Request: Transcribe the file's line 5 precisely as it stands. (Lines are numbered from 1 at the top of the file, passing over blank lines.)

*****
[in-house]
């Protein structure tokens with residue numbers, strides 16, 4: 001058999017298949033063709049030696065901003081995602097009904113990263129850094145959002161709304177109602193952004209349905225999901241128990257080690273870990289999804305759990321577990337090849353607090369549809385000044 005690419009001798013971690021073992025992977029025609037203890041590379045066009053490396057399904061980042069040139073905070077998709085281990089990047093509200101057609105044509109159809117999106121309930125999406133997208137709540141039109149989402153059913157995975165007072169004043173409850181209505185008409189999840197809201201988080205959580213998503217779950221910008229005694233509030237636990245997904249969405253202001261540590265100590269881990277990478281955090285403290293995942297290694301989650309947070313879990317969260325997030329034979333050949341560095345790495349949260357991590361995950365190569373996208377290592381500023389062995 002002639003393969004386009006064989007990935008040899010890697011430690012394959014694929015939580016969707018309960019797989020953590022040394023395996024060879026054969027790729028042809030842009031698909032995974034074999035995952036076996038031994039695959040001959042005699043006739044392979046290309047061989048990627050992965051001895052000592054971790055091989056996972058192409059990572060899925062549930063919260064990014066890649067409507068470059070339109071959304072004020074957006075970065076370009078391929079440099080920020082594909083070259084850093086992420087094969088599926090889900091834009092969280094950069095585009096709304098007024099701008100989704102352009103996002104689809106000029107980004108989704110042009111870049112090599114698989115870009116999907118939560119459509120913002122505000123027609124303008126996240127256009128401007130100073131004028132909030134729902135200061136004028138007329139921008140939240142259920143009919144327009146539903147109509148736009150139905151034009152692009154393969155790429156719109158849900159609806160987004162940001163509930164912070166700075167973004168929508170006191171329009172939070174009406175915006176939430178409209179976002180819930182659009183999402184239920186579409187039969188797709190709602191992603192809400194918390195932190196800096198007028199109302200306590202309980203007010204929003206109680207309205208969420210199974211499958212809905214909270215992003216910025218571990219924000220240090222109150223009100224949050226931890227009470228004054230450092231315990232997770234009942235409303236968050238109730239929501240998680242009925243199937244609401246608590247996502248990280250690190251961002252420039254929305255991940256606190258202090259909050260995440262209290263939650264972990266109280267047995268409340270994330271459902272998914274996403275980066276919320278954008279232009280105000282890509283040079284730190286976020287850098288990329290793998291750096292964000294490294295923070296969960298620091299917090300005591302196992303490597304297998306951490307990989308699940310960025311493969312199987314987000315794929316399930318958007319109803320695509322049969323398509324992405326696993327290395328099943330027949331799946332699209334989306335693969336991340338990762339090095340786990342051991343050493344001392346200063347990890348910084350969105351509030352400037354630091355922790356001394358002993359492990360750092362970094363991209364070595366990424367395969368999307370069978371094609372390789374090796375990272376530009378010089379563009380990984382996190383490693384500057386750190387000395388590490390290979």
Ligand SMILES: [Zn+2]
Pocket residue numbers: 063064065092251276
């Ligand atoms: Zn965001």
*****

């Ligand atoms: Zn965001």